Evil can be any Color

Yesterday, my kids asked me what terrorism meant. The subject was relevant because of the nonstop media coverage of the massacre in Norway and the many conversations that swirled around this tragedy. I wanted to get the answer right because I did not want these two impressionable minds to be muddled about what terrorism looks like and why no one should be exempt from such a label should they fall within its definition.

Since Norway was the freshest example, I began with that, saying a terrible minded man hurt innocent people for no reason (or at least no reason the children could fathom). Terrorism, I explained, is an awful thing, where people take it upon themselves to kill and harm others for purposes they think are justifiable.

“Give us an example,” my son said. Of course, for me, the closest-to-home terrorism that comes to mind is Israel. When the Israeli air force bombs a neighborhood in Gaza City and kills innocent unarmed people in their own homes, that I told them, is terrorism. When a group of settlers descend upon olive picking Palestinian farmers and beats them until they need hospitalization, that is terrorism. Occupation, I told them, perhaps going out on a limb, is terrorism, because it causes daily horror for those living under it.

Back to the present, the Norwegian attacker, Anders Breivik, is for all practical purposes, evil incarnate and the best example of what individuals can become if possessed by fanatical ideas falsely wrapped in noble goals.

As I explained to my two children what awful forms terrorism takes, I was reminded of just how unfair the classification has become. A “terrorist” should not be classified as such according to the color of their skin, their religion or their ethnicity. It should not be decided according to political alliances and interests or to the balances of power that make the world what it is. The taking of innocent lives is an atrocity regardless of what group the victim or the perpetrator belongs to.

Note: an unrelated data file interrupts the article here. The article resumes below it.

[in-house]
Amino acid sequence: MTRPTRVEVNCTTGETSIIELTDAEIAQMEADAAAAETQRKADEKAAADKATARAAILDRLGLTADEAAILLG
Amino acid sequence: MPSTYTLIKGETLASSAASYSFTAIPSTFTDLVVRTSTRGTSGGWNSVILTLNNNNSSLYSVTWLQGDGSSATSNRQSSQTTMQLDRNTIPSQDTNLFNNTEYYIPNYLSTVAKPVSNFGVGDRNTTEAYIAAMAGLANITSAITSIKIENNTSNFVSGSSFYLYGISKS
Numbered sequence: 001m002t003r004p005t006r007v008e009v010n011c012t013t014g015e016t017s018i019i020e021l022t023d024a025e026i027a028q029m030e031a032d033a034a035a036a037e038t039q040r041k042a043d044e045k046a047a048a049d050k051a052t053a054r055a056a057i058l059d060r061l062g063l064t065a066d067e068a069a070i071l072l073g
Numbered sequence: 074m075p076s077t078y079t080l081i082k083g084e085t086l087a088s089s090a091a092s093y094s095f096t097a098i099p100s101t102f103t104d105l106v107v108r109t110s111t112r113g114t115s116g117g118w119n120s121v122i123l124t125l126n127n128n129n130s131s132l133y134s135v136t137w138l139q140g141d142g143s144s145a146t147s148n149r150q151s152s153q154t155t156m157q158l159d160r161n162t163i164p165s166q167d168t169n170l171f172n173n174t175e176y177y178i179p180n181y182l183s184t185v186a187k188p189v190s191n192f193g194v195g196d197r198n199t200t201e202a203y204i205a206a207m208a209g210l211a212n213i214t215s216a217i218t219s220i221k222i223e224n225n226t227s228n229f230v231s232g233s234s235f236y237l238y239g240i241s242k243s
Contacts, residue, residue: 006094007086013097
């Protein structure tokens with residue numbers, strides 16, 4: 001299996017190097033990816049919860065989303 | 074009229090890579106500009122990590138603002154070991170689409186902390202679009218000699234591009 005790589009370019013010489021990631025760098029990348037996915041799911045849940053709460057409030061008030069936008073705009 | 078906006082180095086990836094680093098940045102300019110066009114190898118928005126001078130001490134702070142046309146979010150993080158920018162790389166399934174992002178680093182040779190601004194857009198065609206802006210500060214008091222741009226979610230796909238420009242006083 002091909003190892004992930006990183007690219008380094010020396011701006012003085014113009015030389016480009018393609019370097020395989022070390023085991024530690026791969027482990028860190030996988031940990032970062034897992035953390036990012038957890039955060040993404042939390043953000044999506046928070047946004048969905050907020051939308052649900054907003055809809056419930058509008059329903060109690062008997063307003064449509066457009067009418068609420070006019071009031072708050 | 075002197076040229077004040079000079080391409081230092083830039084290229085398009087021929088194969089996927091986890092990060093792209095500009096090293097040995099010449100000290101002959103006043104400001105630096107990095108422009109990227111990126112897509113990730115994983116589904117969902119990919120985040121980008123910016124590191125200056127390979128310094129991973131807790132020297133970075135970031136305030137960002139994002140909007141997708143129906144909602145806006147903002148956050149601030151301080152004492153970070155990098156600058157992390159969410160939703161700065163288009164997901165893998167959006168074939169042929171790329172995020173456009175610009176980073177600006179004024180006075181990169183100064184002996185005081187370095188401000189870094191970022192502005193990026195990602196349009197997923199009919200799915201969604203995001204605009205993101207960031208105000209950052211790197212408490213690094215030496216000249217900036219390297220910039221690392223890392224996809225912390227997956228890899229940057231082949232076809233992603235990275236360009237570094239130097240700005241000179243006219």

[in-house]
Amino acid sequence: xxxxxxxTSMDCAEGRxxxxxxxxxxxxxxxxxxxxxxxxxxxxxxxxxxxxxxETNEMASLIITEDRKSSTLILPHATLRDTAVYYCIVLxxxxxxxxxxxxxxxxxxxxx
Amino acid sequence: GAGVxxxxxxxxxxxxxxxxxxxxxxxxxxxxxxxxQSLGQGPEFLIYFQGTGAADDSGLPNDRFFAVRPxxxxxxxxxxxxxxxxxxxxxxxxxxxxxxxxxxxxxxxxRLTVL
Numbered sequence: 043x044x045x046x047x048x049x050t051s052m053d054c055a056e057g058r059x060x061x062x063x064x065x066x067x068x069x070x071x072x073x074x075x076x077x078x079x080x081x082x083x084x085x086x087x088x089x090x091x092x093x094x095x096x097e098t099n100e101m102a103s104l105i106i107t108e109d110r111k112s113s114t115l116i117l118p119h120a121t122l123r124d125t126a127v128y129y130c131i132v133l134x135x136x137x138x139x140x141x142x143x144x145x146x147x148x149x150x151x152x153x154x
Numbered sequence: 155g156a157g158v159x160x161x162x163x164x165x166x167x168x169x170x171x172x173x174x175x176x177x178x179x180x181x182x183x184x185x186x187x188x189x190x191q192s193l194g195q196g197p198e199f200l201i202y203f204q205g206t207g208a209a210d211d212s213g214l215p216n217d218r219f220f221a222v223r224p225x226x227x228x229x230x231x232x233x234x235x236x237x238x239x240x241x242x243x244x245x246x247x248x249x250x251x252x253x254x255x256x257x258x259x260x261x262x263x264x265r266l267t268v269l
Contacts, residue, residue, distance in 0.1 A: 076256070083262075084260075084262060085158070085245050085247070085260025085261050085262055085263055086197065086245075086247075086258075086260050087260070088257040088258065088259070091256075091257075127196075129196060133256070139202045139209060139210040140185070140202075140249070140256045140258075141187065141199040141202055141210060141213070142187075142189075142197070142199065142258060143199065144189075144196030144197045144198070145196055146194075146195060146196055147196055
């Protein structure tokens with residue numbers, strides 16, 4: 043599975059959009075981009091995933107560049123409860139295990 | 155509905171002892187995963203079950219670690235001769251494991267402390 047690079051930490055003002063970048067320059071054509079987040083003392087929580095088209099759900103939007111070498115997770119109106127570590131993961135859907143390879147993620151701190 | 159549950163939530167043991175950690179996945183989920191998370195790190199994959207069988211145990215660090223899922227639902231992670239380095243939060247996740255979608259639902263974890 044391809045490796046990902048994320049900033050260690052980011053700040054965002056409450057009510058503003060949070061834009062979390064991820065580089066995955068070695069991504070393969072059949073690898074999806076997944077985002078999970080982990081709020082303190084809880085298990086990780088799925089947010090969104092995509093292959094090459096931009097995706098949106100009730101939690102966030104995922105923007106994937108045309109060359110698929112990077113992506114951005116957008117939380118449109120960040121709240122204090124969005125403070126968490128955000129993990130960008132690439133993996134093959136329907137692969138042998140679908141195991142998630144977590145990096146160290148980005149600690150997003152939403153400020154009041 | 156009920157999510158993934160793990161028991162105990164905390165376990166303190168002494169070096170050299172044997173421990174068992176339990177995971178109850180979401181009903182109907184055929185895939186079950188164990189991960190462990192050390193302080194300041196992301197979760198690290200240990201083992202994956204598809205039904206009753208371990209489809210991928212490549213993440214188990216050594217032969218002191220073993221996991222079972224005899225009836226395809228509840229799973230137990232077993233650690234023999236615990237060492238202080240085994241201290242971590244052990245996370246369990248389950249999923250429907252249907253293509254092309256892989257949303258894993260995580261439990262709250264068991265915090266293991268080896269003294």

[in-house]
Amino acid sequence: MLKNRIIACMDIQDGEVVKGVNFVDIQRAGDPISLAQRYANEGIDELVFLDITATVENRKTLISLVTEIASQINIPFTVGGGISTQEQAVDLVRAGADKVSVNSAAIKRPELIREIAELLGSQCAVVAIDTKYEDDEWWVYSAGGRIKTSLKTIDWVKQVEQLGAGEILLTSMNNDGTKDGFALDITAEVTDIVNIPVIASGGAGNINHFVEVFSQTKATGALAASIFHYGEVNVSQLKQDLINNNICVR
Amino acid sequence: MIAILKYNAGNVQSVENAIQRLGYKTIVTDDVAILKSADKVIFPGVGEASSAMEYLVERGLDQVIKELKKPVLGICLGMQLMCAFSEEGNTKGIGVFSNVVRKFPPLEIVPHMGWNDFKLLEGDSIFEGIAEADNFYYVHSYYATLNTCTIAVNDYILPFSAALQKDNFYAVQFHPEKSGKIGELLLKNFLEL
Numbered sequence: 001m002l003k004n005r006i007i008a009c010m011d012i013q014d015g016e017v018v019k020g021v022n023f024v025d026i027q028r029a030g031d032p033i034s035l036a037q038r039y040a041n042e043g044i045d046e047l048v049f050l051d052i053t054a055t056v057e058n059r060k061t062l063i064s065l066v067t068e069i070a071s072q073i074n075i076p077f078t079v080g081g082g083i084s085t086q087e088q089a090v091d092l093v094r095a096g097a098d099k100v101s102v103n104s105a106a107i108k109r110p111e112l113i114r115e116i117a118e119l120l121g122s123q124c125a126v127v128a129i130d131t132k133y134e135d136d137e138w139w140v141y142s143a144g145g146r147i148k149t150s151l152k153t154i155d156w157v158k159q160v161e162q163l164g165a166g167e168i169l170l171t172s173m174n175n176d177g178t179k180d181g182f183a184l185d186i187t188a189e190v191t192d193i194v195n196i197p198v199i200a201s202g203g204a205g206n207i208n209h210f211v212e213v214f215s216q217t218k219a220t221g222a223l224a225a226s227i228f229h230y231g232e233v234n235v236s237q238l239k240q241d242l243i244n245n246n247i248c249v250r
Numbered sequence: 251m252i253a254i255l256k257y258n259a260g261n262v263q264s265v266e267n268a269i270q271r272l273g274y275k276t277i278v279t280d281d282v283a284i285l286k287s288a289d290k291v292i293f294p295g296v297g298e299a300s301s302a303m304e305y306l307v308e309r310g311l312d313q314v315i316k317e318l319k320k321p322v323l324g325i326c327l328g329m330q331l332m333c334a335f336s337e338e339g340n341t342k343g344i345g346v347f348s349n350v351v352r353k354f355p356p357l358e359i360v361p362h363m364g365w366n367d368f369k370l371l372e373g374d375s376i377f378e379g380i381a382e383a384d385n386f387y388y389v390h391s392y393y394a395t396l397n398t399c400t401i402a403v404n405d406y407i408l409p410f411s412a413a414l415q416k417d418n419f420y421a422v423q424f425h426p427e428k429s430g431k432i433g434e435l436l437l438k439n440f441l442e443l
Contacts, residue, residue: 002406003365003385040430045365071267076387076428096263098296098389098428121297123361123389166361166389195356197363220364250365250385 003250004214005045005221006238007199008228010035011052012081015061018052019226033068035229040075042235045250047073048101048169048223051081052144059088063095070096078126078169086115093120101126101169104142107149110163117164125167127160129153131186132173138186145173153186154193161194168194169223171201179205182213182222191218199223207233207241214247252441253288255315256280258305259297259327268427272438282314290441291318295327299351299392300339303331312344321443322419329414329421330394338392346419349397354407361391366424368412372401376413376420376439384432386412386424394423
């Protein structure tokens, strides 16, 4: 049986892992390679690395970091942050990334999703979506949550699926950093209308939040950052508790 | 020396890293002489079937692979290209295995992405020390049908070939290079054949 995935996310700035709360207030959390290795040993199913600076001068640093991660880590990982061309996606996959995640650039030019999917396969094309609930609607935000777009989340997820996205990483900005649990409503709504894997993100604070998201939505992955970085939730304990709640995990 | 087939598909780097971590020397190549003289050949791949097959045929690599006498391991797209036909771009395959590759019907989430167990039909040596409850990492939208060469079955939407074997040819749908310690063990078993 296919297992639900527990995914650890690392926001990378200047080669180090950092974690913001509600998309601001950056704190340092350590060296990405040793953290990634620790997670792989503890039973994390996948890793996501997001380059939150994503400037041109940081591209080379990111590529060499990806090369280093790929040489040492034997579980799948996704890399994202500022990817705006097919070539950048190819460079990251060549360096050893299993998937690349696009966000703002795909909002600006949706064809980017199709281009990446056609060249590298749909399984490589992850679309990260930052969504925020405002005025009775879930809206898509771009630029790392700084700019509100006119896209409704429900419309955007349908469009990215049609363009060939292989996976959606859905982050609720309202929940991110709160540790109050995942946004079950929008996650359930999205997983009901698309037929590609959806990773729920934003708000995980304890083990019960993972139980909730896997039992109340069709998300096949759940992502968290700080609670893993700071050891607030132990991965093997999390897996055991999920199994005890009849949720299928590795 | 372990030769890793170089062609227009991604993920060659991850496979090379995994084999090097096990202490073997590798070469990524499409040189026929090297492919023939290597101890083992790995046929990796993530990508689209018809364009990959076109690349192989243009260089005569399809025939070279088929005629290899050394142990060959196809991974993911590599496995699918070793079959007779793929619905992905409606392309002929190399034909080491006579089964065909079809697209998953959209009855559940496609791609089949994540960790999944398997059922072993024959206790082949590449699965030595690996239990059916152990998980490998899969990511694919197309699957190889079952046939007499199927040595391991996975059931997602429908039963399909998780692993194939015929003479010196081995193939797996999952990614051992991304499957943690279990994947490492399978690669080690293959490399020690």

Sadly, this is not the case in today’s world. An American woman working in Palestine who had recently gone home for vacation told me that when she told a group of friends where she lived some of them gave her a “look.”

“Aren’t there terrorists living over there?” The question was not in reference to the occupying Israeli army but apparently to the Palestinians and Muslims living under the former’s occupation. Or perhaps it was about other Arabs as well given the “region”. Never once is the word terrorism used to describe the bombing of civilians in Iraq by US warplanes where scores of children lose their families, their homes and many times even their lives. This sort of state-sanctioned terrorism is given another name. It is called self-defense, the protection of freedom and democracy and the overriding need for security. As long as those values are supposedly upheld, it is irrelevant who falls to the side as collateral damage.

It all comes down to this –” terrorism is terrorism, whether the attacker is white, brown or black. It matters not whether the person works under the guise of Islam, Christianity, the security of Israel and its Jewish character or any other belief. What matters is that it is all called by the same name. When an Israeli army chief orders the bombing of a heavily populated civilian neighborhood on the slim chance that a wanted man could be hiding among them and instead kills families in their beds, this is the ugliest face of terrorism. Why it is not branded as such is beyond me.

And so, when my children ask me what terrorism is, I will tell them the truth. I will not hide the fact that there are those who exploit Islam for sinister causes just as I will not shy away from teaching them the equally sinister doings of Israel’s occupation and the numerous acts of terror it has perpetrated in its name.

If terrorism is to be condemned, we should do so across the board. Enough of the double standards and stereotypes that put all of us brown, Muslim people in a category we just don’t deserve. Perhaps Anders Breivik taught the world a valuable albeit tragic lesson. You can be any nationality, any color and any religion to follow in the path of evil. Because for the victims of such abhorrent acts, it makes no difference.